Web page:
CenSES has created a multidisciplinary scientific community, integrating the societal challenges and possibilities for energy systems and policymaking. The centre produced 328 scientific articles and educated more than 200 master students, 44 PhD students and 19 post docs. CenSES strengthened the knowledge base for the formulation of policies for energy transitions at national, regional and local levels. The centre developed analysed how markets, policy measures, and regulatory policies impact the energy system and greenhouse gas emissions. CenSES new scenario methodology has been used in a number of European projects, including the development of the next generation modelling support for the European energy transition. The main impact may be an increased ability to meet our obligations in climate emission reductions and the value creation from Norwegian energy resources, as well as both a higher innovation rate from technology research and faster implementation.

As described in the FME Society call, Norway has the potential to become Europe's leading energy and environment-conscious nation by becoming: a) a society with approximately zero greenhouse gas emissions; b) a large exporter of environmentally friendly p ower to Europe; c) a society that provides good conditions for world leading and export oriented energy and energy technology companies, particularly with respect to solar energy, offshore wind power and CO2 capture and storage. To contribute to obtain th ese aims, CenSES will develop fact based knowledge for strategic decisions by the government and industry. This includes knowledge for a national energy and national and international climate policy and for strategies of innovation and commercialisation. What is called for is the development of a knowledge base that may guide and support the articulation and implementation of strategies to achieve transitions towards sustainability with respect to energy and climate. CenSES combines the strength of leadin g Norwegian social science research institutions supported by international partners and important Norwegian stakeholders to meet these challenges. CenSES will organize its research activities under the following Research Areas: RA1. Policy making and transition strategies RA2. Energy system and markets RA3. Economic analysis RA4. Innovation, commercialization and public engagement A fifth Research Areas is needed to provide space for the integration of results from the other four areas. RA 5. Scen ario development shall play a crucial role in the orchestration of the multi-disciplinary research of CenSES and the facilitation of interaction between the different RAs, the research teams and users of the centre. RA5 is an arena of integration where po licy and framework conditions, technology strategies, investment strategies and impacts are to be coupled in a consistent way. Relevance will also be assured by cross cutting user cases.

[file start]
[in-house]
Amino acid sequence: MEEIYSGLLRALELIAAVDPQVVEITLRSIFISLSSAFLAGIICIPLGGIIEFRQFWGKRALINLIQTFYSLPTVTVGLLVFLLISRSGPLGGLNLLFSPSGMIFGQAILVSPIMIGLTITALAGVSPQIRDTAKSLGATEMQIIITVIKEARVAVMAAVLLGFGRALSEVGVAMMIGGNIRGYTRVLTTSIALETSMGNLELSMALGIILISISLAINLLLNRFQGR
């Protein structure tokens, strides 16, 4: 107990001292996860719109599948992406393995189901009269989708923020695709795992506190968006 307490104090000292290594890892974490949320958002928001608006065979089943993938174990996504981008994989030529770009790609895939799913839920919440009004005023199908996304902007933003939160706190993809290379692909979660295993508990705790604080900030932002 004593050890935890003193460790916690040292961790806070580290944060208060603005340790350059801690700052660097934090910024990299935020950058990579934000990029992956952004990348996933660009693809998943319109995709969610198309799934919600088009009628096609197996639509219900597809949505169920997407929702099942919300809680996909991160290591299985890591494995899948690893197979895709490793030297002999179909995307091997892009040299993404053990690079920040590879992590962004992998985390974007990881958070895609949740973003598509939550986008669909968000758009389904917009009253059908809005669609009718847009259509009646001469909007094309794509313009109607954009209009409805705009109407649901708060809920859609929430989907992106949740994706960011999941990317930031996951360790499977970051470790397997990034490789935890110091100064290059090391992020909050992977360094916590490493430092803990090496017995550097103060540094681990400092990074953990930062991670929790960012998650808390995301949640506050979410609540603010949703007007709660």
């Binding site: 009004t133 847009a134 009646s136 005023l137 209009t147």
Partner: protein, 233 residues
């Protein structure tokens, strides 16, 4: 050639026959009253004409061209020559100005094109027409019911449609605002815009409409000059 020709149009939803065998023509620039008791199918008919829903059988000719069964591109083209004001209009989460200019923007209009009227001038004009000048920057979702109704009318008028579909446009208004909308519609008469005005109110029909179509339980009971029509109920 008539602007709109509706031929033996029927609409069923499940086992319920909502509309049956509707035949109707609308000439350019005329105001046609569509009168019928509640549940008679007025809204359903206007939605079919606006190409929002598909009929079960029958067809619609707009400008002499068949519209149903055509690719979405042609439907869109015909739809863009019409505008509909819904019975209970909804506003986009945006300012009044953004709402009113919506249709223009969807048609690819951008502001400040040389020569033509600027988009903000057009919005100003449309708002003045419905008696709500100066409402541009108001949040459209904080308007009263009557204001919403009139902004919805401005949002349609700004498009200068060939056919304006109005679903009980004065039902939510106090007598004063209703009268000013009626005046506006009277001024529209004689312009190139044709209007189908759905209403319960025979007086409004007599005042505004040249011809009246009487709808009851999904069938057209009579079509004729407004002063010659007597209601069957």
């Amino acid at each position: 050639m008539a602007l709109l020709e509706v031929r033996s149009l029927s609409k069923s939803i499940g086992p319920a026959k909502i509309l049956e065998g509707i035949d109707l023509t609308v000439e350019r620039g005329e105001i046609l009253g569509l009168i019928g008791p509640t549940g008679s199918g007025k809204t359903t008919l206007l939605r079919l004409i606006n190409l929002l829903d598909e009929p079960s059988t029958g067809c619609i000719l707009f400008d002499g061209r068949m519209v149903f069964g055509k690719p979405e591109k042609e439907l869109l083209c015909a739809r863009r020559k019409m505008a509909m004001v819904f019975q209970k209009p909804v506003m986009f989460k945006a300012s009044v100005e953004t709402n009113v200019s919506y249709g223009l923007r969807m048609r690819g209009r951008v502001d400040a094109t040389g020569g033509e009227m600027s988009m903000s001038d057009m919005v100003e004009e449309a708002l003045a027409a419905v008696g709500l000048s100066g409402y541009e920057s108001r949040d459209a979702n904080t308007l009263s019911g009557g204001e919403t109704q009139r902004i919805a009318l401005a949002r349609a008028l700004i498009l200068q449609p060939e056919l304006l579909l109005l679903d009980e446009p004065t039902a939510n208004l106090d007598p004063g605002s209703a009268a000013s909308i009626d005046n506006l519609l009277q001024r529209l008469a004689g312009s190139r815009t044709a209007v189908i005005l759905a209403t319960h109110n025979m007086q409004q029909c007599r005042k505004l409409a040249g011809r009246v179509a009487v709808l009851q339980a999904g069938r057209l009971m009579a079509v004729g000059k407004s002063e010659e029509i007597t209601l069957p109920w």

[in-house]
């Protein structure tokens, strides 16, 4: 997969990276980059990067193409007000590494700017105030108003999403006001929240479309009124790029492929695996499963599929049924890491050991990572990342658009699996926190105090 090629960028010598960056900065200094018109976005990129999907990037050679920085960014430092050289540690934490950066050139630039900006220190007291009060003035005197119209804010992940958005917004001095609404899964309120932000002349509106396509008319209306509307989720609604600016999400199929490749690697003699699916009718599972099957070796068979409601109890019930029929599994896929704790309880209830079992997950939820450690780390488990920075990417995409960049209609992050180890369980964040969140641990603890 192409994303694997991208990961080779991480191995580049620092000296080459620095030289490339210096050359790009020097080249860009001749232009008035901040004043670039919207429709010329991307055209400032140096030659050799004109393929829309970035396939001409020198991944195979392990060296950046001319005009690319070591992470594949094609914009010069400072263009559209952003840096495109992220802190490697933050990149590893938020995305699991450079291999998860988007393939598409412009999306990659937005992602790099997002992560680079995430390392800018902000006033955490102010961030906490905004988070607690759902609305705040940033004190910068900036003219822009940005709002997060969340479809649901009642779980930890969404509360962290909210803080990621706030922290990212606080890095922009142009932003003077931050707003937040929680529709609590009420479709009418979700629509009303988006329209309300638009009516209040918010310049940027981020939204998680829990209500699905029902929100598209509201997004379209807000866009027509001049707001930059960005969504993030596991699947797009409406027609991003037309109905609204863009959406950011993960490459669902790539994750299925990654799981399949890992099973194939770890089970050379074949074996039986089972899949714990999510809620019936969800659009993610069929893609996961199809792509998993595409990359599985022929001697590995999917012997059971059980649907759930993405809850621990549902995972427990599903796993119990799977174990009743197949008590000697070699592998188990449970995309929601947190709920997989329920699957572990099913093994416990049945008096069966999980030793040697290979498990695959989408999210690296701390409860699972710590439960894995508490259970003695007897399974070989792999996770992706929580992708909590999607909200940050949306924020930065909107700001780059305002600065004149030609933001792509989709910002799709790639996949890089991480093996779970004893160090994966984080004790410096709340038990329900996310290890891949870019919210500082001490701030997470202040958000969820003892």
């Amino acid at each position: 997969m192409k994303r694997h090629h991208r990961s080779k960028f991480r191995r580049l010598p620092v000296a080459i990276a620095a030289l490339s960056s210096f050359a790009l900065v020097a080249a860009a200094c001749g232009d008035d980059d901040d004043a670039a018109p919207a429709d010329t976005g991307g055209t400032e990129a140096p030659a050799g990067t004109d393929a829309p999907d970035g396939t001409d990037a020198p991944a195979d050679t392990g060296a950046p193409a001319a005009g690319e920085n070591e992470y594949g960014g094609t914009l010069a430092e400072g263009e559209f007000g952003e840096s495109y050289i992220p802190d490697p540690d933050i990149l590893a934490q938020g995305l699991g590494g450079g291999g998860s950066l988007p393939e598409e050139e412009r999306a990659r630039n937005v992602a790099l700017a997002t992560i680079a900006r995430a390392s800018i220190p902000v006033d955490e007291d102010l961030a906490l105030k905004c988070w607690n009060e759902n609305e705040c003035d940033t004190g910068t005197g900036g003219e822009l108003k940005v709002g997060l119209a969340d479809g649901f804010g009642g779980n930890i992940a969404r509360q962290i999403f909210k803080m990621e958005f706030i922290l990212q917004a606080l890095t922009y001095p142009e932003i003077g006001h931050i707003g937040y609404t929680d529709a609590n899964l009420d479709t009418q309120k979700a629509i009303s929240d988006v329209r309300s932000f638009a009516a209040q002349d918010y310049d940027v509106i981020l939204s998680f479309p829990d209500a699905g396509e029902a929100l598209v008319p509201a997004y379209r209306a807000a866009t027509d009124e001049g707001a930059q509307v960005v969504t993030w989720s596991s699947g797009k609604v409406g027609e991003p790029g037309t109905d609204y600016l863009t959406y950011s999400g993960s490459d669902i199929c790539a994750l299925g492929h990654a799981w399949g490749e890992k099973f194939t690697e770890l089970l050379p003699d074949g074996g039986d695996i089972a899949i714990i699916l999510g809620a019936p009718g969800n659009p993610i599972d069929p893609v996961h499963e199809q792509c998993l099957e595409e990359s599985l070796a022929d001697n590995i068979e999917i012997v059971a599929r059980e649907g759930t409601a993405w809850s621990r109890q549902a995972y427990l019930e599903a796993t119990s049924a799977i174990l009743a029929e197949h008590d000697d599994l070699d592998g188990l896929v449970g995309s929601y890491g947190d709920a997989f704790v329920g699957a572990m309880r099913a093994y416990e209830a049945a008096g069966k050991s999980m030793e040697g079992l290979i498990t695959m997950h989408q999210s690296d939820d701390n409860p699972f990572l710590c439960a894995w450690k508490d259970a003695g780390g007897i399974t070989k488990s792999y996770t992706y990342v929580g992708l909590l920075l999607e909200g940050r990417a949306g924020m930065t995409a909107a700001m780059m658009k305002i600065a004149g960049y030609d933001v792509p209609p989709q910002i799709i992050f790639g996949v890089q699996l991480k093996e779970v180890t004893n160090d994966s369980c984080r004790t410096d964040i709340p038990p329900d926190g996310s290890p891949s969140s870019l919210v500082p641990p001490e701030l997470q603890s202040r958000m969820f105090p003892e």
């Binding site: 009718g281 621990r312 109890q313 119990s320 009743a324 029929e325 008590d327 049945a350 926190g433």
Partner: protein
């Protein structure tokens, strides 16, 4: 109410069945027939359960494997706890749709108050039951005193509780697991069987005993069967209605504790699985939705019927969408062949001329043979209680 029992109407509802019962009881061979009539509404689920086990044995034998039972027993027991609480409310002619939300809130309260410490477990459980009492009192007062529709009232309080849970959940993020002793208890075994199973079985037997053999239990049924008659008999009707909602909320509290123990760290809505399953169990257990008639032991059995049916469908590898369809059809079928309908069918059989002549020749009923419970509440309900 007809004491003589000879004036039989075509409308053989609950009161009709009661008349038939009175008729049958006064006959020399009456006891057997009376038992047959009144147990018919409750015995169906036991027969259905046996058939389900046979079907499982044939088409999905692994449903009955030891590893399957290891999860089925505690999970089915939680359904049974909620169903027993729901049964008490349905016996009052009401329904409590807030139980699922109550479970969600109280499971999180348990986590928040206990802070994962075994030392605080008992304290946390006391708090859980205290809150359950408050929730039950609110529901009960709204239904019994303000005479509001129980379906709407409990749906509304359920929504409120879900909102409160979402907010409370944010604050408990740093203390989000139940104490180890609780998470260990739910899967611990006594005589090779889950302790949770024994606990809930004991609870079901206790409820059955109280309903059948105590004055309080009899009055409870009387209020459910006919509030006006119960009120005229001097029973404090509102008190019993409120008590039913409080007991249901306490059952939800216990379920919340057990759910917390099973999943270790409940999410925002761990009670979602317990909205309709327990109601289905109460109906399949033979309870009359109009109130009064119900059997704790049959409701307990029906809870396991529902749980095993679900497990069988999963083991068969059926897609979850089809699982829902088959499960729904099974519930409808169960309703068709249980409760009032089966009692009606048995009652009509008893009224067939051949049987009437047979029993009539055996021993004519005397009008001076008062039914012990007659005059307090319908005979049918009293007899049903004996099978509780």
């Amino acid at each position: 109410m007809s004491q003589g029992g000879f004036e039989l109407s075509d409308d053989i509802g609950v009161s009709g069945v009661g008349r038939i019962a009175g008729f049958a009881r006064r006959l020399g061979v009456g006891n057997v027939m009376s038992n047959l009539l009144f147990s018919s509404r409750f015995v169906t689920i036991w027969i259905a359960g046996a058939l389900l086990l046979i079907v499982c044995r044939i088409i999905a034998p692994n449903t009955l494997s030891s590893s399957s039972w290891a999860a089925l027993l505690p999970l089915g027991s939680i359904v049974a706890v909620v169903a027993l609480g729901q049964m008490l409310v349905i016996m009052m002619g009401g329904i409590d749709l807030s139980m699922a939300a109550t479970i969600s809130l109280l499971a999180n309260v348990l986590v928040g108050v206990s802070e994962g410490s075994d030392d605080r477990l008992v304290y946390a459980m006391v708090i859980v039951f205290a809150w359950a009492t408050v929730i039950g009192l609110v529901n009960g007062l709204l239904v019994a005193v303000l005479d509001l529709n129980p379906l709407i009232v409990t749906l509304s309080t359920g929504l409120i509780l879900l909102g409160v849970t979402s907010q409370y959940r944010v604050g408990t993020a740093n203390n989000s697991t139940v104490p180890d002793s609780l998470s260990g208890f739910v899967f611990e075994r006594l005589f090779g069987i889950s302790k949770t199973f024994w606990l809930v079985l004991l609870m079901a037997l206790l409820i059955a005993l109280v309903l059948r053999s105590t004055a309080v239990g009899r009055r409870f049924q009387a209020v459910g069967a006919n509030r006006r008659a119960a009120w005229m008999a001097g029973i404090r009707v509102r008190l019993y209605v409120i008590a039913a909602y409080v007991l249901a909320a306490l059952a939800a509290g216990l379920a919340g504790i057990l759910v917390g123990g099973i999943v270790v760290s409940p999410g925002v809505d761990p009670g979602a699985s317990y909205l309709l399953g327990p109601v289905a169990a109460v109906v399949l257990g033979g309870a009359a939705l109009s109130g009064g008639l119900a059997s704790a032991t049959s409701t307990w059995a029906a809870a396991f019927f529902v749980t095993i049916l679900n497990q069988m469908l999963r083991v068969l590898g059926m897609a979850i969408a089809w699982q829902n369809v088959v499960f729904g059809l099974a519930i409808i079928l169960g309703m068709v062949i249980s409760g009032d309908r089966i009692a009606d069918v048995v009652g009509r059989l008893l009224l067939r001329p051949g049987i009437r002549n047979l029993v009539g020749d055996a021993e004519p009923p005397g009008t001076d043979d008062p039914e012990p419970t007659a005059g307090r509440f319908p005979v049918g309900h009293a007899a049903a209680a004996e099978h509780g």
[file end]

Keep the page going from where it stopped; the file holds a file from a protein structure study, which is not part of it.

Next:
Publications from Cristin